Extremely Sore/sensative Skin on Both Breasts Following Breast Aug
- Asked by Jordan21 in Newport Beach, CA
- 2 years ago
I am 2 weeks post op for a breast aug. I went with 275cc round silicone gel w dual plane. The skin on my breasts is so sore it feels like its been burned. Bras, clothing, seat belt strap, my hair touching it is extremely painful. What is going on and when will this go away? Anything I can do to relieve the pain? Advil, Darvocet, ice, nothing works. Please Help!
Pain after breast augmentation
The treatment for hypersensitivity (which is quite common) is "systematic desensitization:" you have to re-train the nerves that normal touch is not bad or dangerous. The quickest way to do this is to use a vibrator because nerves respond quickest to vibration stress. Take the vibrator and place it on the chest far away from where you are the most sensitive. Move the tip toward the sensitive area and then come off your skin before the sensation becomes too unpleasant. Repeat this several times in a row a few times a day and the hypersensitivity will disappear within 7-10 days (or sooner).
Hypersensitivity after Breast Augmentation
Certainly this problem is common after this procedure. The reason this happens is that the sensory nerves have been stretched and they need to settle down. Tincture of time will certainly help but application of ice packs laterally where the nerve has been stretched without direct application to skin i.e. use a washcloth as well as gentle massage of the same area laterally should help. Antiinflamatories like Advil may give some relief. Rest assured this will usually subside completely without any long term effects. Good luck in seeing improvement with this soon.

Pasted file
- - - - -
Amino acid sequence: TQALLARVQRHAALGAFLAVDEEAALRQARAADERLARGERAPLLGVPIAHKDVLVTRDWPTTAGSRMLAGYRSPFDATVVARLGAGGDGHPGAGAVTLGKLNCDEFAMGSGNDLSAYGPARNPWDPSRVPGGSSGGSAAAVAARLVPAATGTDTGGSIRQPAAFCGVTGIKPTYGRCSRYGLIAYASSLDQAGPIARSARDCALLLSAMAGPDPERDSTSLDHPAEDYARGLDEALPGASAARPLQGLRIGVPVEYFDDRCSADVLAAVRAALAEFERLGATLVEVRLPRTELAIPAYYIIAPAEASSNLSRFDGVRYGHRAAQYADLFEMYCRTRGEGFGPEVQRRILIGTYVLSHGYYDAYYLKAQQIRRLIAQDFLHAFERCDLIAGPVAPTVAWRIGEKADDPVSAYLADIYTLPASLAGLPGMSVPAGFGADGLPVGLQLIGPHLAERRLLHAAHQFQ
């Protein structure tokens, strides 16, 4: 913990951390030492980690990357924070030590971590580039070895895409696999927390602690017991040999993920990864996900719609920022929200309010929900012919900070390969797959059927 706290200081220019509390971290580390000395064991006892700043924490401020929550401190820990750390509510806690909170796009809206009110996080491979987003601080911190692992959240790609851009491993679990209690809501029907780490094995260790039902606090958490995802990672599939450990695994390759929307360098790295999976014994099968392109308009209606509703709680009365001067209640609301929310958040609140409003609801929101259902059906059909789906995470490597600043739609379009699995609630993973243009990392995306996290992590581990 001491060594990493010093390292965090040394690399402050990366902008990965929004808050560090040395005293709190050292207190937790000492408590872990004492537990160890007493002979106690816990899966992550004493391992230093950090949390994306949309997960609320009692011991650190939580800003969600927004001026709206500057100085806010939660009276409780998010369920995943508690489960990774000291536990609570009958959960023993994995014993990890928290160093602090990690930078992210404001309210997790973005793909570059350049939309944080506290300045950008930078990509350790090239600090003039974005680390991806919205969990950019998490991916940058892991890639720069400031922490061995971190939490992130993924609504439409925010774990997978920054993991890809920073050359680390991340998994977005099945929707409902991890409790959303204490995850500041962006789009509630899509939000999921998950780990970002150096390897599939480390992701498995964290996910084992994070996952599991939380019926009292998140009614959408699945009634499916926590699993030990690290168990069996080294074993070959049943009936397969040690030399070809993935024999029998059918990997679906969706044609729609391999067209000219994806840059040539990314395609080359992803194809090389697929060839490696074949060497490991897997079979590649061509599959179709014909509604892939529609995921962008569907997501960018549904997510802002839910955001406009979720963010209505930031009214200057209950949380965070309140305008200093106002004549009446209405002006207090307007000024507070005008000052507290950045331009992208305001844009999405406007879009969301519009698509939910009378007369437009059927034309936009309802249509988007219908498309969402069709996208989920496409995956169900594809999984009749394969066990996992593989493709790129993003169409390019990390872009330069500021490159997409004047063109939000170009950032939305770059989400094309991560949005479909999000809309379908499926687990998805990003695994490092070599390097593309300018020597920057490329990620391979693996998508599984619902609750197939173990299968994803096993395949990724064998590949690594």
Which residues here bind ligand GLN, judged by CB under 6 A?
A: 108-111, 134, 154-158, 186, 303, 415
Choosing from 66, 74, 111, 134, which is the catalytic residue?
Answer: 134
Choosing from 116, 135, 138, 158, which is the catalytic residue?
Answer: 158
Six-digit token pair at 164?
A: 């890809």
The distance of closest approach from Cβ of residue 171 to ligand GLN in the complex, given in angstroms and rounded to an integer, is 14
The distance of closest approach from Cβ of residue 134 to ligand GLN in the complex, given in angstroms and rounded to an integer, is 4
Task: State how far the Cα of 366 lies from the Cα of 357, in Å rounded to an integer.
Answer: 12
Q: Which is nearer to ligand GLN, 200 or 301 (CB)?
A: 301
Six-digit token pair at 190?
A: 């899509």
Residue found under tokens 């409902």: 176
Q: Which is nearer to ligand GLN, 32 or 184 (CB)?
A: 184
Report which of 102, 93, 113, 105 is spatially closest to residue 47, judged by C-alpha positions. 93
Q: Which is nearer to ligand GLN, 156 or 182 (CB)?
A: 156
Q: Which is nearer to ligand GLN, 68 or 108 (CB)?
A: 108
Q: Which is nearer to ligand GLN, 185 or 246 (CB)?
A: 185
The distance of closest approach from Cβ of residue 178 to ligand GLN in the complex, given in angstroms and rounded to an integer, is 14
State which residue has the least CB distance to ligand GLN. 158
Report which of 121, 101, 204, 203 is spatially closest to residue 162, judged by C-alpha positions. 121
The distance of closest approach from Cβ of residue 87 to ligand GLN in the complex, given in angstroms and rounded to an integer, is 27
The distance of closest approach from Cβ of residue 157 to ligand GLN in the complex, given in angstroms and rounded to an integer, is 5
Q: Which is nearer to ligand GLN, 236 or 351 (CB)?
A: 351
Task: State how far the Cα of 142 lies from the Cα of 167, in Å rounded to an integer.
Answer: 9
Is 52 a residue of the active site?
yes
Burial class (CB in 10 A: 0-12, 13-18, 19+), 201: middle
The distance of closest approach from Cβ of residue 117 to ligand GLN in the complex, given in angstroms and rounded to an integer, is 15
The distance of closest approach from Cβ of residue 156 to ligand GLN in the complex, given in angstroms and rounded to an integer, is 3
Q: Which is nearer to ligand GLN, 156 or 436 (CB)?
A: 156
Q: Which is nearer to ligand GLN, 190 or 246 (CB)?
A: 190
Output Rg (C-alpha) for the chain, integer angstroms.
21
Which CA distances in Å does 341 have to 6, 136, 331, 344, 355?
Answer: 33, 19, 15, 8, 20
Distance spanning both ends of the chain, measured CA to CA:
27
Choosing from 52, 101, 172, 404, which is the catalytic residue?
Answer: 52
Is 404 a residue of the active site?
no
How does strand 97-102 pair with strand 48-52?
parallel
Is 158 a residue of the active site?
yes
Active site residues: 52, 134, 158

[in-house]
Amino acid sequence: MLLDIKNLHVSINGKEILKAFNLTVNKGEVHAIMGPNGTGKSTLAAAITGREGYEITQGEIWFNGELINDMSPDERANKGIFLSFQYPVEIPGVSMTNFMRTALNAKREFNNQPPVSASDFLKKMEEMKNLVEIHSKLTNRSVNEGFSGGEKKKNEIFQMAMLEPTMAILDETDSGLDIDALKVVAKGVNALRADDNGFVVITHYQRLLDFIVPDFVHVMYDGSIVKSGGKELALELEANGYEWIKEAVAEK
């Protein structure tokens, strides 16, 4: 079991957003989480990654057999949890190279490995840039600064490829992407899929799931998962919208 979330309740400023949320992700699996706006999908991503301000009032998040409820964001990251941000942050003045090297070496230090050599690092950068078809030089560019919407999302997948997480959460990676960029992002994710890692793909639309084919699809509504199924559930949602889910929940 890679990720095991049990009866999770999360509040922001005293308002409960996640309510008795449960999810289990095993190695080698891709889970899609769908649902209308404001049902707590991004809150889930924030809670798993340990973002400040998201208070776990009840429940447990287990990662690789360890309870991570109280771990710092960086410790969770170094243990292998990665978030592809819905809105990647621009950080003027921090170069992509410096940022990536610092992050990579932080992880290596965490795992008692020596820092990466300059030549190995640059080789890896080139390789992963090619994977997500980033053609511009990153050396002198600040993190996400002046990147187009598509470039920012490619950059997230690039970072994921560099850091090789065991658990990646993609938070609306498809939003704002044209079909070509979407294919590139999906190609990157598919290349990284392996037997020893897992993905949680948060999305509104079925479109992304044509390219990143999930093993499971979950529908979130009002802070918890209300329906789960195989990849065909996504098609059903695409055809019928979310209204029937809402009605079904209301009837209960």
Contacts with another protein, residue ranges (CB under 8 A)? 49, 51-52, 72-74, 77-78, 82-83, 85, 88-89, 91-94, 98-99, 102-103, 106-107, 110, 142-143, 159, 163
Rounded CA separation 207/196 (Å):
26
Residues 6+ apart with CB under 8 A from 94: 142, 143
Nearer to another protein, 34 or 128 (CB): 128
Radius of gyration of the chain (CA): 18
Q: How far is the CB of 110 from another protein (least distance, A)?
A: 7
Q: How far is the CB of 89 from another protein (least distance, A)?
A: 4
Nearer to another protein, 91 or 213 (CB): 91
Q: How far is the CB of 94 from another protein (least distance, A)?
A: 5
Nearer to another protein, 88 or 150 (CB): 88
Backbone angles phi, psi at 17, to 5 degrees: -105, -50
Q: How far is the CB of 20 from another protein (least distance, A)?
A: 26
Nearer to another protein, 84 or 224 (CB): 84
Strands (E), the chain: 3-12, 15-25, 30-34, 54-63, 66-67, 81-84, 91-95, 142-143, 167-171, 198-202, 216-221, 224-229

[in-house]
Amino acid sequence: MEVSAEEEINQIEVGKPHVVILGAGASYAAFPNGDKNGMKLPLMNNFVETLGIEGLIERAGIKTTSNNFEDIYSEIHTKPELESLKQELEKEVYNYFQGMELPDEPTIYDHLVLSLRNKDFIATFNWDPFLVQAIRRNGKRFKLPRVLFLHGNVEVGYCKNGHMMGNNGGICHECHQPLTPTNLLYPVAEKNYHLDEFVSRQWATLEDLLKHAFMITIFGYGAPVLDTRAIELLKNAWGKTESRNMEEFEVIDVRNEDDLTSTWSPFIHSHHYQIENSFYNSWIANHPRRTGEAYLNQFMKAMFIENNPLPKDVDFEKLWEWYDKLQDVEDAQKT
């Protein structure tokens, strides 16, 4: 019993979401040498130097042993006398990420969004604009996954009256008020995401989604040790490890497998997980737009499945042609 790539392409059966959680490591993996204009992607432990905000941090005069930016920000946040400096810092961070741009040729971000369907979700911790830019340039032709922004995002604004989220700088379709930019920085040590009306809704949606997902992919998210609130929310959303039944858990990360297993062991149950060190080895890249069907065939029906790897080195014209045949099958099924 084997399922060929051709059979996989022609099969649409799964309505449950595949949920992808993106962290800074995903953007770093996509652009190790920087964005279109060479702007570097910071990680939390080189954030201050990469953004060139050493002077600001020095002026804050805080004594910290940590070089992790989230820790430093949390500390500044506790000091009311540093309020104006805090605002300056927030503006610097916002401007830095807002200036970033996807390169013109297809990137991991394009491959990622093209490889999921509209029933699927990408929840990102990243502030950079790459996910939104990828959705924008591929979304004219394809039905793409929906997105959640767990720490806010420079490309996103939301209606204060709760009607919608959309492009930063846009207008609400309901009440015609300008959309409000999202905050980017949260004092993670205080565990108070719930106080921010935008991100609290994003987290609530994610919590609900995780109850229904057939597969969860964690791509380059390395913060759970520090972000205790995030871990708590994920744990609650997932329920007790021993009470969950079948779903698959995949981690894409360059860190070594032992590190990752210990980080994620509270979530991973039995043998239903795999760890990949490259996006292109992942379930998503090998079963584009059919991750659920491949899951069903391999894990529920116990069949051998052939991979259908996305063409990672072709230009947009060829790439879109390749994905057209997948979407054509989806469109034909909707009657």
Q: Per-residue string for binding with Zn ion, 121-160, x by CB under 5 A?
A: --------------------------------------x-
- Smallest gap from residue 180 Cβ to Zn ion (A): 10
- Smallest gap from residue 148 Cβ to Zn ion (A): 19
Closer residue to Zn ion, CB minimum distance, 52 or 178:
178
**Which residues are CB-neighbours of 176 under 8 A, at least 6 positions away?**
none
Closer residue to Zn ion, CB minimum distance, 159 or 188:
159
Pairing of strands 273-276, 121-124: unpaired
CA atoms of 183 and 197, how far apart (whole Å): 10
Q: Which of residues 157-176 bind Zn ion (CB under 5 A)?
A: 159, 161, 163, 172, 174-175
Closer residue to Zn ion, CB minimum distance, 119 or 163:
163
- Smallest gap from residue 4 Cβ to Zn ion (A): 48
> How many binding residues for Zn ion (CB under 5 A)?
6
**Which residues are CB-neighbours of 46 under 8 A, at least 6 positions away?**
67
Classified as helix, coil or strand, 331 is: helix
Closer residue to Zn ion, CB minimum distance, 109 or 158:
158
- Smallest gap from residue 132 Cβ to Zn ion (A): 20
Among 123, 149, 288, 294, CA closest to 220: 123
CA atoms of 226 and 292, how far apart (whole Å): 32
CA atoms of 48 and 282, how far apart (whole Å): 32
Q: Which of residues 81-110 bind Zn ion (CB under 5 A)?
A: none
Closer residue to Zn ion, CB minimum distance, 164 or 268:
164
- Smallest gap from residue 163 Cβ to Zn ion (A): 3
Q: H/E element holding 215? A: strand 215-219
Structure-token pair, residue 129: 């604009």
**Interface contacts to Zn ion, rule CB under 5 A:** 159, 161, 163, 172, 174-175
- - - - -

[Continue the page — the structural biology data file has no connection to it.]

At two weeks post-op breast augmentation surgery, it is common for you to experience hypersensitivity of the breasts. Swelling, bruising, and burning sensations are a normal part of the healing process. Treatments include “desensitization” and anti-inflammatories to help minimize discomfort. Fevers, chills, abnormal swelling, and redness are signs to be concerned about and should be reported to your surgeon.
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Hypersensitivity of the skin following breast augmentation
What you are experiencing is a fairly uncommon though real occurrence following breast augmentation surgery. It is related to inflammation or irritation of sensory nerves to the skin as a result of the surgery. Fortunately, this is a temporary situation that most often resolves within several weeks to even a few months. Rarely does this extend out to 6 months or more.
"Treatment" is supportive and can include anti-inflammatory medications such as ibuprofen on a limited and short term basis (which you have tried though didn't state dosage or duration). Some patients will benefit from desensitization of the skin by massaging the affected areas with skin lotions.
Be patient - this will resolve with time.
Web reference: http://www.arizonabreast.com
Hypersensitivity of breast skin and especially nipples is not very common but occasionally it does occur. It is probably due to irritation of sensory nerves in the nipple and breast skin.
•This super sensitive stage almost always improves and becomes normal again within a few weeks.
Discuss it with your Plastic Surgeon if it lasts longer than 4-6 weeks.
Web reference: http://ivanthomasmd.com/default.asp
Hypersensitivity of the Breast after Breast Augmentation
It sounds like you have hypersensitivity of the skin after breast augmentation, which is very common, but things like infection and skin sensitivity should be ruled out. Take your temperature and look for other signs of infection like incision problems. Also be careful with any topical scar products and lotions, as some can cause skin reactions. breast hypersensitivity is common after breast implant placement and usually will get better over the next couple of weeks. I hope this helps.
These answers are for educational purposes and should not be relied upon as a substitute for medical advice you may receive from your physician. If you have a medical emergency, please call 911. These answers do not constitute or initiate a patient/doctor relationship.